“A remedy the more necessary, because the oppression does not always arise from the ill-nature, but sometimes from the mere inattention of government“. [William Blackstone, Commentaries (1768)]
“Reasons will be given hereafter for considering many of the restrictions, contained in the amendments to the Constitution, as extending to the states as well as to the United States, but the nature of the writ of habeas corpus seems peculiarly to call for this construction. It is the great remedy of the citizen or subject against arbitrary or illegal imprisonment; it is the mode by which the judicial power speedily and effectually protects the personal liberty of every individual, and repels the injustice of unconstitutional laws or despotic governors“. [“A View of the Constitution of the United States”, William Rawles (1829)]
“The national code in which the writ of habeas corpus was originally found, is not expressly or directly incorporated into the Constitution.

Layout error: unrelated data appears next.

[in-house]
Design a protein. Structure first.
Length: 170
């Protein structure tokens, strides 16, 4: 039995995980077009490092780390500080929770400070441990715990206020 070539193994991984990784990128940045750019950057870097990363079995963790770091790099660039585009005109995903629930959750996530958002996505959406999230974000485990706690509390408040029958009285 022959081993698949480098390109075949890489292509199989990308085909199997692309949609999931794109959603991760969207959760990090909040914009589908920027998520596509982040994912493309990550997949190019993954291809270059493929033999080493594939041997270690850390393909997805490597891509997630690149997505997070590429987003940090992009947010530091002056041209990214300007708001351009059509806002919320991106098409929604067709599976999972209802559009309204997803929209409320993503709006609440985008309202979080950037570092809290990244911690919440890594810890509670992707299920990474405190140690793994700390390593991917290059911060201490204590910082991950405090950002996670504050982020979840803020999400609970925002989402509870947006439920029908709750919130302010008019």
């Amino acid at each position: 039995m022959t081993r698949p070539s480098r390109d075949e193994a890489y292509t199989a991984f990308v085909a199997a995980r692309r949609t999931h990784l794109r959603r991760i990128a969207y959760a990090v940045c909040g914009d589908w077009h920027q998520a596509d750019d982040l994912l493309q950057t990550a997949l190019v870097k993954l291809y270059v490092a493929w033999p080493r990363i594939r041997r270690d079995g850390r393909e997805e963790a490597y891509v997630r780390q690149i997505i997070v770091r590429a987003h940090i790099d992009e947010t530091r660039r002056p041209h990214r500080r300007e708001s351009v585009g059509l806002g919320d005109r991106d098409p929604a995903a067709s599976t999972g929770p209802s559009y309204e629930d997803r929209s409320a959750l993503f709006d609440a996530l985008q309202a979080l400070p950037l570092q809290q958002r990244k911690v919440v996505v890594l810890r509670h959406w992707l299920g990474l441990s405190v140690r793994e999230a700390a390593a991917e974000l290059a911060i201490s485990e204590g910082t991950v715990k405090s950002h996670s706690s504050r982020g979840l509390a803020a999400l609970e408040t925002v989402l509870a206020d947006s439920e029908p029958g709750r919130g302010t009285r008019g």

If this provision had been omitted, the existing powers under the state governments, none of whom are without it, might be questioned, and a person imprisoned on a mandate of the president or other officer, under colour of lawful authority derived from the United States, might be denied relief. But the judicial authority, whether vested in a state judge, or a judge of the United States, is an integral and identified capacity; and if congress never made any provision for issuing writs of habeas corpus, either the state judges must issue them, or the individual be without redress.” [“A View of the Constitution of the United States”, William Rawles (1829)]